When Opel CEO Karl-Thomas Neumann joined in March 2013, the year European new-car sales hit bottom, the GM subsidiary had just postponed yet another breakeven target after losses soared to $1.9 billion in the previous year. With Neumann in charge, GM agreed to fund 4 billion euros worth of investments through 2016. It even held its first board of directors meeting in Opel's German headquarters to demonstrate the parent's steadfast commitment.
In return Neumann pledged that by 2022 Opel would deliver an 8 percent European market share and an operating margin of 5 percent. The first test of that goal was attaining profitability last year. While Opel failed, it was a lot closer to making money than it had been in nearly two decades. Since Neumann joined four years ago, Opel managed to halt a market share slide it had suffered since European car sales peaked in 2007.
Key new models such as the Astra were winning important prizes, sales were slowly growing, and Opel’s once-disastrous image in Germany was on the mend, helped by ads that took advantage of Opel's underdog status.
Turning around a chronic money-loser such as Opel is no small feat. Whether it is Fritz Henderson, Carl-Peter Forster, Nick Reilly, Karl-Friedrich Stracke, Steve Girsky or Neumann – the list of executives that had their shot at making GM's European operations profitable is long. And all ultimately failed.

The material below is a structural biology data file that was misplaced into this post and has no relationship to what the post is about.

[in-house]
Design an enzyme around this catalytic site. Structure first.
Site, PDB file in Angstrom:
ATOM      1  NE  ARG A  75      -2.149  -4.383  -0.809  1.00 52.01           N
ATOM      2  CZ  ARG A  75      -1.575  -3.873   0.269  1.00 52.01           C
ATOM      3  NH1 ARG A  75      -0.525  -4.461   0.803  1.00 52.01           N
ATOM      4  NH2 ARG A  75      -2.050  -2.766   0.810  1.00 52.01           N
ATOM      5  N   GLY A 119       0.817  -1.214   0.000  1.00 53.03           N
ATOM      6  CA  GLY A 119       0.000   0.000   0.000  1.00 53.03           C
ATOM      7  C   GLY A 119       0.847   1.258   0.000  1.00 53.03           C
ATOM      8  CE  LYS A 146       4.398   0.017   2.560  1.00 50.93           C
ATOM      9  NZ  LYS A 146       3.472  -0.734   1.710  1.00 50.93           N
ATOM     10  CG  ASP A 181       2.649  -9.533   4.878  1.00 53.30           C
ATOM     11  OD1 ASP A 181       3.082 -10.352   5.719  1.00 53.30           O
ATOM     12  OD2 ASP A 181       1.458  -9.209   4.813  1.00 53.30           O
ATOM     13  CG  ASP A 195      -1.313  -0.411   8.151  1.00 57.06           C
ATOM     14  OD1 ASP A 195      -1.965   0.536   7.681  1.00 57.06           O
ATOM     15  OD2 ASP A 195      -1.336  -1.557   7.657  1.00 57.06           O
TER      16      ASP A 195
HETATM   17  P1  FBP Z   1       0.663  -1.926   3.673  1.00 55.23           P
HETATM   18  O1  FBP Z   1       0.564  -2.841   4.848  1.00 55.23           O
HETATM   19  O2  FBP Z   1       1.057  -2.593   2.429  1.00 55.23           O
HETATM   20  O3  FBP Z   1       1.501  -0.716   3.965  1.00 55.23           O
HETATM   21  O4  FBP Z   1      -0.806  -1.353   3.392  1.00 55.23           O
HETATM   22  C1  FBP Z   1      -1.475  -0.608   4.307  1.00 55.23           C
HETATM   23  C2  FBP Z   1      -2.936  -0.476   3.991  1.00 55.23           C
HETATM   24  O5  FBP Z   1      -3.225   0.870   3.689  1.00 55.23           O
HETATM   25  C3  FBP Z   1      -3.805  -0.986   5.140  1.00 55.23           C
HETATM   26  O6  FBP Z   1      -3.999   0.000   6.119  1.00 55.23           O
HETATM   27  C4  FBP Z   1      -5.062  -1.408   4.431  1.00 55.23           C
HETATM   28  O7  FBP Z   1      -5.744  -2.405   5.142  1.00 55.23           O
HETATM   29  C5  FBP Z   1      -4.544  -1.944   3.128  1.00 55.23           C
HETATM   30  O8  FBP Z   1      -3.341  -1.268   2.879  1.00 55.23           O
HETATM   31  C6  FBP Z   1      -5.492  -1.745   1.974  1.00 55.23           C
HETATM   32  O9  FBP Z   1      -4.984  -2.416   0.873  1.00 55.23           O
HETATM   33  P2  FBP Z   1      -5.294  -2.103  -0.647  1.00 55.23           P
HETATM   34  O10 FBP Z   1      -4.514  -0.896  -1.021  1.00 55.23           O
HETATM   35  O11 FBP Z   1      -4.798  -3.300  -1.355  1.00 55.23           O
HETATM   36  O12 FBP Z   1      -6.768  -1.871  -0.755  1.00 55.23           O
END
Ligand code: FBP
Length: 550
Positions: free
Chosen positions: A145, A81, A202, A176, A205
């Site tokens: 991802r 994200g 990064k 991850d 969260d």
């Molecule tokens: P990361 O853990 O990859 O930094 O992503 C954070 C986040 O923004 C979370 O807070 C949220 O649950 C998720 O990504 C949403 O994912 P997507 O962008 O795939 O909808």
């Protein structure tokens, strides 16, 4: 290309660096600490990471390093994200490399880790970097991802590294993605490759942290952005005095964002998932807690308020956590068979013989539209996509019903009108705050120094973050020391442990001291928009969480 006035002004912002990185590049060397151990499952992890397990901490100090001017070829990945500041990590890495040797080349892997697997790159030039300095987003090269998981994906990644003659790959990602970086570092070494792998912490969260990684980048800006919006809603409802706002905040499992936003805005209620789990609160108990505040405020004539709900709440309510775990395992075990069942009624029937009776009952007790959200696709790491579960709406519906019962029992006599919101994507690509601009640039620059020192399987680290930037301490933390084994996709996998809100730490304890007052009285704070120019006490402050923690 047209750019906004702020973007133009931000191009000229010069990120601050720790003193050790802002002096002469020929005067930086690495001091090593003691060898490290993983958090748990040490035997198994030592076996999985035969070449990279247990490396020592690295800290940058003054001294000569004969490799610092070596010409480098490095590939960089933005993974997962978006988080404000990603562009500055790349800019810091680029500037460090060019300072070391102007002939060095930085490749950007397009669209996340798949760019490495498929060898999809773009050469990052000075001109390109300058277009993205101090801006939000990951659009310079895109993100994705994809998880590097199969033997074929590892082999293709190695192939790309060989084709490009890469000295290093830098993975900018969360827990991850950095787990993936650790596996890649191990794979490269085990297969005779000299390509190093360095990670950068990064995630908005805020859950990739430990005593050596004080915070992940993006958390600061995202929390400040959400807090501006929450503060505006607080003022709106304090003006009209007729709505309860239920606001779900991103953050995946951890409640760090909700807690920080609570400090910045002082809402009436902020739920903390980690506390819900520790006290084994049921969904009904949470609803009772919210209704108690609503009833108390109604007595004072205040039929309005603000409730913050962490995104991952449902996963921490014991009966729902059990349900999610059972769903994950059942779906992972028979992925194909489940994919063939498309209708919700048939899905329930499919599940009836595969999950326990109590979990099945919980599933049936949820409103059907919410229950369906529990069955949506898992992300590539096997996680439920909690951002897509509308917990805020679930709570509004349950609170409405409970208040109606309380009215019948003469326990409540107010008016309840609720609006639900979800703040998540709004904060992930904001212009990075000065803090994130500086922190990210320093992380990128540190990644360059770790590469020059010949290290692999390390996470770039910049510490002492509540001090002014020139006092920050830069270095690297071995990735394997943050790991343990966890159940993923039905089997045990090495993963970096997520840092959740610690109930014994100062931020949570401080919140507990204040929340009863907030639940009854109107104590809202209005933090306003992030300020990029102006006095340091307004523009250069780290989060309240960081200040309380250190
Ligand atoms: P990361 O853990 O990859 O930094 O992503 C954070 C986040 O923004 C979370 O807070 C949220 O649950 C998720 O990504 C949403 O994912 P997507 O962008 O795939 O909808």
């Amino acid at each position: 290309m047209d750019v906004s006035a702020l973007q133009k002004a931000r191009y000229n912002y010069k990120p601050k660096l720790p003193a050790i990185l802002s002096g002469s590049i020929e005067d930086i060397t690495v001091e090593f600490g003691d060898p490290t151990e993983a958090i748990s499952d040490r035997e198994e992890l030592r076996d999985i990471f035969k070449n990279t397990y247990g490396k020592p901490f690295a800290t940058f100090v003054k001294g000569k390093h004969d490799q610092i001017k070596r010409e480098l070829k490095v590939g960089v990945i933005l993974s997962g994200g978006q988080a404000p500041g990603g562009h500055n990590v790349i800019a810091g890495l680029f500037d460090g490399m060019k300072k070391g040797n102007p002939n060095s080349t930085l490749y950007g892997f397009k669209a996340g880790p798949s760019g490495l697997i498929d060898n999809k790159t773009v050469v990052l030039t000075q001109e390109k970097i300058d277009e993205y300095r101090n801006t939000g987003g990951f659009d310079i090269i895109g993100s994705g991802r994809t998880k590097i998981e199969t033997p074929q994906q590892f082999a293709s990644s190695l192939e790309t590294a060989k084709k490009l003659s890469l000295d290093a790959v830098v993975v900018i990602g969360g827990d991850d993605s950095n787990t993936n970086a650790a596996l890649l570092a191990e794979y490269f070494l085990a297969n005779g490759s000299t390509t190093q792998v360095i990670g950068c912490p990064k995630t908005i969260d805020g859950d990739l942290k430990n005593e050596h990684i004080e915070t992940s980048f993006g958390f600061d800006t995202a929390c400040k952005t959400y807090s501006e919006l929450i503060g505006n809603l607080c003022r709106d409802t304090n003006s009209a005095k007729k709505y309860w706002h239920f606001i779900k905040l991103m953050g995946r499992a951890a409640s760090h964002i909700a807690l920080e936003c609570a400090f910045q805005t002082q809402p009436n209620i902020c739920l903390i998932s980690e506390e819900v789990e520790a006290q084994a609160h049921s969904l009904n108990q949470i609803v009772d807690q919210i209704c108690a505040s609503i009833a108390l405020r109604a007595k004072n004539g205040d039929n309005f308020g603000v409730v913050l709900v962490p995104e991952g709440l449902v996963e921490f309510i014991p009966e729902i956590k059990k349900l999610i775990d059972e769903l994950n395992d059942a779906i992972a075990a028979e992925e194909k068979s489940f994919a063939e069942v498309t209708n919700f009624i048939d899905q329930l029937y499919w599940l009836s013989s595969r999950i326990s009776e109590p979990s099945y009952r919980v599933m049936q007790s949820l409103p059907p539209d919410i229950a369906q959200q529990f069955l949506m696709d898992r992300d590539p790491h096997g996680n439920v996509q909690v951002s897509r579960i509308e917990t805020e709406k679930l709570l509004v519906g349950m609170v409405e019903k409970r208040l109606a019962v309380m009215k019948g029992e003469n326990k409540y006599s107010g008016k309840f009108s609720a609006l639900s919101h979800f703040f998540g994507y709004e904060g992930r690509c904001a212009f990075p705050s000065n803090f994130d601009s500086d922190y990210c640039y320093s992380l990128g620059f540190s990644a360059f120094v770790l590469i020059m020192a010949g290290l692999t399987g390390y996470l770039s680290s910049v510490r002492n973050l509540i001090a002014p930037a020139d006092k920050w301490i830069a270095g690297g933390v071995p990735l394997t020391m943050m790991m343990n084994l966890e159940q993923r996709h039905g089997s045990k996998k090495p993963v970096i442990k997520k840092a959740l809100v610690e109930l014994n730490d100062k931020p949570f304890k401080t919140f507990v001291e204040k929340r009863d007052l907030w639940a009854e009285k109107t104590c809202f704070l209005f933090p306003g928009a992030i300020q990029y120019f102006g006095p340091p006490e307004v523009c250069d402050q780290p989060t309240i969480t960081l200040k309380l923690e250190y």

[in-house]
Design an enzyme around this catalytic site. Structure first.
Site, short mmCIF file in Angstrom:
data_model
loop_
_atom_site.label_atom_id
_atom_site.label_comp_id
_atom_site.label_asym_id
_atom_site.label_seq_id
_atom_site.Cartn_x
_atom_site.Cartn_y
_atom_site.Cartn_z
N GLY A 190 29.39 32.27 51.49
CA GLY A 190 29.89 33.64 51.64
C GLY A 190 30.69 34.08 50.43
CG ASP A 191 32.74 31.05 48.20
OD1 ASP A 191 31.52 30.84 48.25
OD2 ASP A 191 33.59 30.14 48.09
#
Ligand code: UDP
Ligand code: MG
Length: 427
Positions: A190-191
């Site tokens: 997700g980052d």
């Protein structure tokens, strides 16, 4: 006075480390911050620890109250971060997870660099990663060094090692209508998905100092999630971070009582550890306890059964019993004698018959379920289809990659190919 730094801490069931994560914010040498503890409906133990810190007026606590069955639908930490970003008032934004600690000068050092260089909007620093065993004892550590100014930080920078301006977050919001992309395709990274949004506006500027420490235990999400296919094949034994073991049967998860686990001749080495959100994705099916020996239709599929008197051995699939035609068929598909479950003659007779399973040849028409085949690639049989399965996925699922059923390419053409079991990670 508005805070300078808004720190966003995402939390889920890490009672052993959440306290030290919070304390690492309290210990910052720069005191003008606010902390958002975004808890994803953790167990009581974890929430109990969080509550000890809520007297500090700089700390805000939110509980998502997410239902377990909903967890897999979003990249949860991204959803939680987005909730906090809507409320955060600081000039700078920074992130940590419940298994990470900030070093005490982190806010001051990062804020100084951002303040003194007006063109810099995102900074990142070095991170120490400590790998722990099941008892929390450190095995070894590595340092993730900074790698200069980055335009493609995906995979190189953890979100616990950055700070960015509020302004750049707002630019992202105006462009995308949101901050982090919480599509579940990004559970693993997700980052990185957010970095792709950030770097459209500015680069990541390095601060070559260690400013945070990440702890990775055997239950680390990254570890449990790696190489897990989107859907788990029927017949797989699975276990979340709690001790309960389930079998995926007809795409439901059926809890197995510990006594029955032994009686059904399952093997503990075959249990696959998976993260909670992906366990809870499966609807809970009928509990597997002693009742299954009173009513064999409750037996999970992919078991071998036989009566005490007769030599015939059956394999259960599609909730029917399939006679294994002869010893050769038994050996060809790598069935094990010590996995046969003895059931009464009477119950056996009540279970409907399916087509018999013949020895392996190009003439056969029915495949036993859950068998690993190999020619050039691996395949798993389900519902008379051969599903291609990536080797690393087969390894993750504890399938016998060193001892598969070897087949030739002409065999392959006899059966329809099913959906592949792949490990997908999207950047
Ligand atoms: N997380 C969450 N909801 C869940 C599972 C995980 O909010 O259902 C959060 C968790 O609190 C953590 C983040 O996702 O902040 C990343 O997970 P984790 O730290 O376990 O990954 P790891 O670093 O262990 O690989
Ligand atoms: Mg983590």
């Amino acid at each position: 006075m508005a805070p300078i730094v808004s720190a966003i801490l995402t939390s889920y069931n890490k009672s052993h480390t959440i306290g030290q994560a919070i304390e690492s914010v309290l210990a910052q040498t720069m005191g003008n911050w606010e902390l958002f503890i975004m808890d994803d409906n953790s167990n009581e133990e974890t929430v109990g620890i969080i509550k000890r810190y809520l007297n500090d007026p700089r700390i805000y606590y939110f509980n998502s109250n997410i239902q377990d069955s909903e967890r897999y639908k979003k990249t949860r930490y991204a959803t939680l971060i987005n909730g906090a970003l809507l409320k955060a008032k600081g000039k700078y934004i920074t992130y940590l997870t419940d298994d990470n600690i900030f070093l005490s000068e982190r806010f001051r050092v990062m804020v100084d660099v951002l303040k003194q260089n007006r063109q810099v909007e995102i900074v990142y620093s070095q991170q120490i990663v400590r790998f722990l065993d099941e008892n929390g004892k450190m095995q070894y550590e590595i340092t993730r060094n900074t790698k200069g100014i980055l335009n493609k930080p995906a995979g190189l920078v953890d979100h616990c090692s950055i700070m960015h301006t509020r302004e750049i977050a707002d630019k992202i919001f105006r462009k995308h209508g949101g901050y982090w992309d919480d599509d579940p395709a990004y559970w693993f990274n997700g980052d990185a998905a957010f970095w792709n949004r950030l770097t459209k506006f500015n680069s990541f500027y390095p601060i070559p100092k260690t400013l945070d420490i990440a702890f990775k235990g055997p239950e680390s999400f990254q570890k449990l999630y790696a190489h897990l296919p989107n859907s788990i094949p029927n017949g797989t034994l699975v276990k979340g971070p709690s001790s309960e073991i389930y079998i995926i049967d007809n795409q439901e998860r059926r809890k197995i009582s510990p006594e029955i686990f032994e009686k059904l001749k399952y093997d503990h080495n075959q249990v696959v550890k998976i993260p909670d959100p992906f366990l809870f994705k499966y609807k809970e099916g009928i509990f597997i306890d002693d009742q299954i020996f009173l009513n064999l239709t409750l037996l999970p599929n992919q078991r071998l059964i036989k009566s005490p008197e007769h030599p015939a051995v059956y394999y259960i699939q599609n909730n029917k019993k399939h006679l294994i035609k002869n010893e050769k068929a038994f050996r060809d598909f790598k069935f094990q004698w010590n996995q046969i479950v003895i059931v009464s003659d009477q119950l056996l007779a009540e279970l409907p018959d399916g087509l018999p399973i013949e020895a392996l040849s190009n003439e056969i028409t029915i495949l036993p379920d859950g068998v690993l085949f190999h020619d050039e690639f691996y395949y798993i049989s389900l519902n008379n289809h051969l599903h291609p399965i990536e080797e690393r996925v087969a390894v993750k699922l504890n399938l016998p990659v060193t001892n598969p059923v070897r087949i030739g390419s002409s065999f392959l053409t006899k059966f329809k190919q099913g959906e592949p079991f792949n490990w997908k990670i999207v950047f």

Said Tavares: "I have a high respect for the work that Neumann and his team did at Opel, but you cannot continue to lose money for more than a decade and burn 1 billion euros in cash each year." He added that he doesn't think you can plan the future if you do not manage to deliver results in the short term.
As talks continue about Opel's future without GM the company has started the biggest model offensive in its history, with seven launches this year that are expected to help it become Europe's second-largest automaker by sales next year, according to an IHS forecast. The new models include the revamped Insignia sedan as well as the Ampera-e, a purpose-built full-electric car with a certified range of more than 500 km.
Largely based on the Chevrolet Bolt, the Ampera-e beats Volkswagen brand's ID electric car to market by three years. Neumann is reportedly mapping out the transformation of Opel into an electric car brand. Perhaps that is why the otherwise Twitter-friendly CEO initially could only muster a tepid endorsement for the deal on social media: "In principle, an affiliation with PSA makes sense," he tweeted, even though he never once supported deeper ties with the French carmaker in the past when asked. Neumann this week tweeted that he had just had a "long and very constructive conversation" with Tavares.
Tavares believes the combined entity could sell 5 million units a year in the midterm and reach a profitability level close to PSA's current target, which is a 6 percent margin. "There is an opportunity to create a European car champion resulting from the combination of a French company and a German company with a strong UK brand," he said.
Luca Ciferri and Peter Sigal contributed to this report